Be Sure You Have Enough Insurance While Driving in Michigan

When you get behind the wheel of a car, you take on a great deal of responsibility. Automobiles can cause a lot of damage. This is why Michigan requires that automobile owners carry car insurance. Michigan is a no-fault state, which means that the policy you own will pay you, regardless of who is at fault. Michigan requires that you carry insurance to cover instances of bodily injury, property damage, personal injury, and property protection.

Bodily Injury Coverage and Personal Injury Protection

If you get into an accident and someone is injured or killed, the bodily injury coverage will pay for the injury. You are required to get $20,000 in protection for injuries to one person, and a total of $40,000 for one accident. These are the minimum amounts required by the state. This may not be enough to take care of the costs of a major accident, so you may wish to consider adding to your current plan. Personal Injury Protection is also required. This will help pay for health care costs, including rehabilitation, lost wages, and funerals.

Property Damage Considerations

Michigan requires that its drivers obtain $10,000 in property damage insurance. This will protect you in case you damage property with your car. For example, if you run into your neighbor's fence, you will be covered. This type of coverage does not cover your own property, so if you back into your garage door, you will not be protected. It is easy to exceed $10,000 in property damage, so like bodily injury, you might want to get a higher limit.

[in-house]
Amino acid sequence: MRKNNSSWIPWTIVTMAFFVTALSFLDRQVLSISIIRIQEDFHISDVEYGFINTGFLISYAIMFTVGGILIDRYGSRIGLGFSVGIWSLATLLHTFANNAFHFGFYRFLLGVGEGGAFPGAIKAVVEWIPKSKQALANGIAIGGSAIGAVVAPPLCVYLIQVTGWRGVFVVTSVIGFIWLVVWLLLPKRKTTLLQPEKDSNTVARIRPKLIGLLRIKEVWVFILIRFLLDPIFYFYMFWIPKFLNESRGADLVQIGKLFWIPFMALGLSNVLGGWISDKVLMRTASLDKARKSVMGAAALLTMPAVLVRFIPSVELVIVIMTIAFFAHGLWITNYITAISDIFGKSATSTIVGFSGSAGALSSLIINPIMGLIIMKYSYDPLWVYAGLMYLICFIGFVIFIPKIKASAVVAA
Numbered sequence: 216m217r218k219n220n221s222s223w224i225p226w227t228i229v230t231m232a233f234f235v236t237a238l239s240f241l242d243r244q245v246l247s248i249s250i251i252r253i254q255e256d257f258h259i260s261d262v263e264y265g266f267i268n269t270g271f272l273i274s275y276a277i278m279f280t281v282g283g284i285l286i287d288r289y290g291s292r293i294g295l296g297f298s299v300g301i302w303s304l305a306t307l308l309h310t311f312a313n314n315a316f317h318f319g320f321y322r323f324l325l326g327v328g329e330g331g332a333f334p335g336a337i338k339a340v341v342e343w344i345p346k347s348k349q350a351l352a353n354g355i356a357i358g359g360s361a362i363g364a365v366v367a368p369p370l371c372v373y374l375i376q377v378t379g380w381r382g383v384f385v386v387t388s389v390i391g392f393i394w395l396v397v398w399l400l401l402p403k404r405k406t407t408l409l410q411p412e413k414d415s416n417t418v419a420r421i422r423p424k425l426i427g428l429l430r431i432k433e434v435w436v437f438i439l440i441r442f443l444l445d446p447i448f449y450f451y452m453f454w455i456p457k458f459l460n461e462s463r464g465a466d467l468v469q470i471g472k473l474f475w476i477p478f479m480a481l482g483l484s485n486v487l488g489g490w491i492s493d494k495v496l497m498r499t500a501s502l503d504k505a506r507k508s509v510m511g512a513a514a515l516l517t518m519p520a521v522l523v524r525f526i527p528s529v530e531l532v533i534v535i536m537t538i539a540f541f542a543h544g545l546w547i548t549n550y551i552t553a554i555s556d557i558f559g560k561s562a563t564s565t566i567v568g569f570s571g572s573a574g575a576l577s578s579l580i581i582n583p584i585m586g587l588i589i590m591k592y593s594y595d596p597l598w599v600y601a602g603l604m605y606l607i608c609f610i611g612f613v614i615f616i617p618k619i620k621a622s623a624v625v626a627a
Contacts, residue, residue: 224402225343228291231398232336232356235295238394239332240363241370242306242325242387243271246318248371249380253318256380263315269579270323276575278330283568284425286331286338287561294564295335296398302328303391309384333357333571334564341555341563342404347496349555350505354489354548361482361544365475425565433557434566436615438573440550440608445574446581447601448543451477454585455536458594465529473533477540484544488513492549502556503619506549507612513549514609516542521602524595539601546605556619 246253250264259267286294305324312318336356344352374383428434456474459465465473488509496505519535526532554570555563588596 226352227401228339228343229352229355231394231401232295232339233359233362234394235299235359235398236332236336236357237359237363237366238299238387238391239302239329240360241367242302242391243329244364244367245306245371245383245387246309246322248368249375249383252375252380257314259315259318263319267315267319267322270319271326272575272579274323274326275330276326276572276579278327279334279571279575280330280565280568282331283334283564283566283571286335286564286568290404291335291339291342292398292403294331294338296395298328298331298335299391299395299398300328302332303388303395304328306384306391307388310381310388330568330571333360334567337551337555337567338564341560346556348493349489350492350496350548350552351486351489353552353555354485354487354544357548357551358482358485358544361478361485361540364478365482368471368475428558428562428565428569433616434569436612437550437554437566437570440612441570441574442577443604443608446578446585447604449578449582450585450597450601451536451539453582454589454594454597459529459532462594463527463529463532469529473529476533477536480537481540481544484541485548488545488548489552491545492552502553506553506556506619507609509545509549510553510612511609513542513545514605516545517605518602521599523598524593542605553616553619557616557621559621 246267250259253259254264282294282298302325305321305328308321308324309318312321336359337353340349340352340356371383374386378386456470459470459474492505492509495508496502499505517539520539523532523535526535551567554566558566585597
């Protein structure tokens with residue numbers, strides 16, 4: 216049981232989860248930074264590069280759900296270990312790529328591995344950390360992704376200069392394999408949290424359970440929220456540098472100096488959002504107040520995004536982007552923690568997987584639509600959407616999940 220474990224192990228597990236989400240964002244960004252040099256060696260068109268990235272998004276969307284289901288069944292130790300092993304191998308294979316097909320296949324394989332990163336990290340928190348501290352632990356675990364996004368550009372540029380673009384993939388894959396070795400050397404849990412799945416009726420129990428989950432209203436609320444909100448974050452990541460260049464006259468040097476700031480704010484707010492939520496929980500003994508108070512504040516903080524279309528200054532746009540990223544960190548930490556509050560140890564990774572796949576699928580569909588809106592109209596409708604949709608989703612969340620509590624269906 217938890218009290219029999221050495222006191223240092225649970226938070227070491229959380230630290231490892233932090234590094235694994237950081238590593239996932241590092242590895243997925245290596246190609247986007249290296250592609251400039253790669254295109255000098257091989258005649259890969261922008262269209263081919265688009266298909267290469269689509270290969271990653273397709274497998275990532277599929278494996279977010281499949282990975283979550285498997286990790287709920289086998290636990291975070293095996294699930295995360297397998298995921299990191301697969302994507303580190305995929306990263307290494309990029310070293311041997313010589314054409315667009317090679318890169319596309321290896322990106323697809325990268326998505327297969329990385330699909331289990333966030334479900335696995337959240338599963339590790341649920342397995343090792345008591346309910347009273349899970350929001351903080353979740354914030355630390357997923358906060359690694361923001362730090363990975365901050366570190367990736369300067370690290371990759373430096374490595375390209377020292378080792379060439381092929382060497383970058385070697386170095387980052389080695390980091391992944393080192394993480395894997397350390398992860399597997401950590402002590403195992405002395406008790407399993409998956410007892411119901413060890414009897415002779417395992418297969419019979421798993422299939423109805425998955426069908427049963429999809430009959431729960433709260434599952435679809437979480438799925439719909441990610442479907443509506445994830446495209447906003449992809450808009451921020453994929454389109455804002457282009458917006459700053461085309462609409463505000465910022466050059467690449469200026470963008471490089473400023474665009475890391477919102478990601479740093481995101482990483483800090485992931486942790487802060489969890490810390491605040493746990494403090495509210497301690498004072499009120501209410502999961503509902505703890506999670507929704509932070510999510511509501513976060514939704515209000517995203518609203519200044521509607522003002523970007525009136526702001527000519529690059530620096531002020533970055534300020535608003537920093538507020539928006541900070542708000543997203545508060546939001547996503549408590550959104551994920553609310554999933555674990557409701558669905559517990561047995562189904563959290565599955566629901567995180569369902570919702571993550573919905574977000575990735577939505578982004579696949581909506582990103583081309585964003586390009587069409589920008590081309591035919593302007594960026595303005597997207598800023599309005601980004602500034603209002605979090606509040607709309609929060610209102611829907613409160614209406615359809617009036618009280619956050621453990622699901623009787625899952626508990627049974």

Add-ons to Consider

Although Michigan does not have laws that require it, you may want to consider getting collision and comprehensive insurance. If you have an auto loan, your lender might insist that you get this. Collision will pay for damages to your car in case you get into an accident, up to the value of your car. Comprehensive is like collision, except it covers damages when you are not driving your car, such as if flooding damages your car, or if a tree falls on it. The reimbursement for these types of insurance only goes to the value of your car. If your car is worth $10,000 and it is totaled, your provider will give you $10,000, even if you still own $15,000 on your loan. You can purchase gap insurance to make up the difference. If you have an older car that is not valuable, it may not be cost effective to purchase these types of add-ons.

Failure to Stay Insured in Michigan

If you fail to stay insured in Michigan, you will not be able to renew your car registration. Your registration could also be canceled, and your driver's license could be suspended. In order to have your registration or license reinstated, you will have to get insured, provide proof of a policy, and pay a $50 fee. When you are driving, you need to keep proof that you are insured with you at all times. If you are in an accident or a police officer pulls you over, you will need to be able to prove that you meet the aforementioned requirements. Be sure to keep a copy of your certificate from your provider in your car.

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